The significance of this word arises from an interview with Mrs. Simpson conducted by a special agent of the F.B.I.'s Charlotte office. In that interview, Mrs. Simpson noted that the pronunciation of the word *576 "joke" in the call she received on the morning of October 17, 1975, was distinctive. She remembered the word as being pronounced as "yoke." Curiously, she testified that she remembered reading that in Spanish the letter "j" is pronounced as a "y." This error on her part about pronunciation, although interesting, apparently did not affect her ability to identify defendant's voice because she testified that the pronunciation of the word "joke" was not a factor in her identification of defendant's voice on the tape recording. She testified that her identification was based upon hearing the accent, tone, rhythm and word formation of defendant's voice.[4]

It is clear that a "dissimilarity should not automatically be equated with suggestiveness." United States v. Kopacsi, 488 F.2d 900, 903 (5th Cir. 1973).

"A dissimilarity is suggestive only to the extent that it singles out and focuses the attention of the witness on a suspect before the witness has been able to make an independent determination."

Id. If the agents whose voices were used on the tape deliberately mispronounced the word "joke" to bait the hook, Mrs. Simpson failed to take the bait. Her testimony and that of Special Agent Haddock, as well as his notes, support the view that Mrs. Simpson's identification was made on the basis of factors other than the pronunciation of the word "joke." Even if this court were to determine that the agents' actions in preparing the tape requires the finding that the voice spread is impermissibly suggestive, which the court concludes is not the case, the court cannot conclude that there is a substantial likelihood of irreparable misidentification.[5] See United States v. Sutherland, supra.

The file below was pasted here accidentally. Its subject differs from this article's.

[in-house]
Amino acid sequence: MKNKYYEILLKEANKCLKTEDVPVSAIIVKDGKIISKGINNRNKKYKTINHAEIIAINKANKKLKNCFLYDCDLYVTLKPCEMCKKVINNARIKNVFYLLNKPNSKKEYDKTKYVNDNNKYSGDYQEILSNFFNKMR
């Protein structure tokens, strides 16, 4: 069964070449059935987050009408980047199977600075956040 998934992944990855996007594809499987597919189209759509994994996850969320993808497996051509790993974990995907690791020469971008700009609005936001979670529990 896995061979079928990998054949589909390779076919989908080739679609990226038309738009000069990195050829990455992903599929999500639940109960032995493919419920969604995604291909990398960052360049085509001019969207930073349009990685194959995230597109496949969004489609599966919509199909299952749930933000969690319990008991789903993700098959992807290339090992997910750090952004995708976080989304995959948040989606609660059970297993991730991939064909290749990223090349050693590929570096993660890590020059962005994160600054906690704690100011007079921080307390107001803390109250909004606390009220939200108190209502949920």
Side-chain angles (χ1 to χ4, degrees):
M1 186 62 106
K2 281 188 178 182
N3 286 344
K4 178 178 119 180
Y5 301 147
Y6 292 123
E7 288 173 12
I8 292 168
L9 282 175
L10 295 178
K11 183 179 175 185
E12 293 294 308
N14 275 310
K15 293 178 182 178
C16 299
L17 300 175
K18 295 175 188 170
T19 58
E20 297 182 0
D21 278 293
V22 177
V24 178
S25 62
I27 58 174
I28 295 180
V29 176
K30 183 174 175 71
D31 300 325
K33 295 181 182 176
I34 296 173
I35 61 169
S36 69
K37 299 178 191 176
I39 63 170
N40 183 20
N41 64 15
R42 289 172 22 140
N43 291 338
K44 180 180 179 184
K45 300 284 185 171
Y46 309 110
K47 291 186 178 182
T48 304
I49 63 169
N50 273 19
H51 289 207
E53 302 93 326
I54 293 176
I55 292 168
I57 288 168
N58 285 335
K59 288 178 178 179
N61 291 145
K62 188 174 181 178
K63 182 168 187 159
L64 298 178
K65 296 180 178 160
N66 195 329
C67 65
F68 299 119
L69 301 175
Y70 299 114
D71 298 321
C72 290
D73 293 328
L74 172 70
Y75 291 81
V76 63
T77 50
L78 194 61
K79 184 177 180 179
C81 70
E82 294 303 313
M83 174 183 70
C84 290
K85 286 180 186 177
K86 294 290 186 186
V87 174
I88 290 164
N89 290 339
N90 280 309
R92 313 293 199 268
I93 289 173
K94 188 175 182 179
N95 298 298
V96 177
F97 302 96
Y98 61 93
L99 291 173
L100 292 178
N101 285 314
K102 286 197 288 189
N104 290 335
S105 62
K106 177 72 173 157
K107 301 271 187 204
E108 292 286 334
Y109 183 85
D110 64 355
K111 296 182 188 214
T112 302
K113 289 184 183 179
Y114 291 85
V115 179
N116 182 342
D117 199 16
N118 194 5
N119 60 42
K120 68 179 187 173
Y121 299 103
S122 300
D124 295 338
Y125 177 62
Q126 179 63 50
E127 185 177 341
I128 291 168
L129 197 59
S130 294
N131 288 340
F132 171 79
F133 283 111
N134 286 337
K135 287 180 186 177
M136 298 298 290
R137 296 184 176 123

The court finds that the agents' conduct in conducting the out-of-court tape identification session was quite proper. Care was taken to avoid a conversation with Mrs. Simpson which might result in coloring her reaction. Accordingly, the court finds that Mrs. Simpson's identification is admissible under Simmons v. United States, supra, and United States v. Sutherland, supra, and may be made before the jury.[6]